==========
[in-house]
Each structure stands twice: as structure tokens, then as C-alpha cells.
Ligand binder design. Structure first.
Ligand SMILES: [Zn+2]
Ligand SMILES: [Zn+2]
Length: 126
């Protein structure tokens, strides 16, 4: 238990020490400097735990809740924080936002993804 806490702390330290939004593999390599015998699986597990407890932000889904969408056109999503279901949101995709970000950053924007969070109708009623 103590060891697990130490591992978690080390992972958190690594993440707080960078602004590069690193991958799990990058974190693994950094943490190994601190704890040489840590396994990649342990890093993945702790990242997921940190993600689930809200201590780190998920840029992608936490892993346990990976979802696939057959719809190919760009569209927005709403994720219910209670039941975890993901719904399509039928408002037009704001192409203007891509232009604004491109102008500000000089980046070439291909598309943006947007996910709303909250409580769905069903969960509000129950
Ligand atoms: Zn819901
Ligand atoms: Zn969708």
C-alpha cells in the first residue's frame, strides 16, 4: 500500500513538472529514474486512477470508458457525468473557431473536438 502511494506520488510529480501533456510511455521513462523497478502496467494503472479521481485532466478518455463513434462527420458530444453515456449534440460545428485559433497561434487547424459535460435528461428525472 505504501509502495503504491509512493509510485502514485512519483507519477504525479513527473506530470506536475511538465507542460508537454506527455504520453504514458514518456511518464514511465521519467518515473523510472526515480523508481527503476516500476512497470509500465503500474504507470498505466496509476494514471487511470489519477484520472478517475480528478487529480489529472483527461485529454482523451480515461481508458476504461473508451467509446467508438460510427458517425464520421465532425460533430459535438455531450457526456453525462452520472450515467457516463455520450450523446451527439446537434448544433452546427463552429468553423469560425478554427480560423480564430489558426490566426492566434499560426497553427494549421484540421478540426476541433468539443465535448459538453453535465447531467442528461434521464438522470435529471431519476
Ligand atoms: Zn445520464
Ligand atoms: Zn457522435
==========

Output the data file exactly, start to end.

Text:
[in-house]
Each structure stands twice: as structure tokens, then as C-alpha cells.
Ligand binder design. Structure first.
Ligand SMILES: [Zn+2]
Ligand SMILES: [Zn+2]
Length: 126
């Protein structure tokens, strides 16, 4: 238990020490400097735990809740924080936002993804 806490702390330290939004593999390599015998699986597990407890932000889904969408056109999503279901949101995709970000950053924007969070109708009623 103590060891697990130490591992978690080390992972958190690594993440707080960078602004590069690193991958799990990058974190693994950094943490190994601190704890040489840590396994990649342990890093993945702790990242997921940190993600689930809200201590780190998920840029992608936490892993346990990976979802696939057959719809190919760009569209927005709403994720219910209670039941975890993901719904399509039928408002037009704001192409203007891509232009604004491109102008500000000089980046070439291909598309943006947007996910709303909250409580769905069903969960509000129950
Ligand atoms: Zn819901
Ligand atoms: Zn969708």
C-alpha cells in the first residue's frame, strides 16, 4: 500500500513538472529514474486512477470508458457525468473557431473536438 502511494506520488510529480501533456510511455521513462523497478502496467494503472479521481485532466478518455463513434462527420458530444453515456449534440460545428485559433497561434487547424459535460435528461428525472 505504501509502495503504491509512493509510485502514485512519483507519477504525479513527473506530470506536475511538465507542460508537454506527455504520453504514458514518456511518464514511465521519467518515473523510472526515480523508481527503476516500476512497470509500465503500474504507470498505466496509476494514471487511470489519477484520472478517475480528478487529480489529472483527461485529454482523451480515461481508458476504461473508451467509446467508438460510427458517425464520421465532425460533430459535438455531450457526456453525462452520472450515467457516463455520450450523446451527439446537434448544433452546427463552429468553423469560425478554427480560423480564430489558426490566426492566434499560426497553427494549421484540421478540426476541433468539443465535448459538453453535465447531467442528461434521464438522470435529471431519476
Ligand atoms: Zn445520464
Ligand atoms: Zn457522435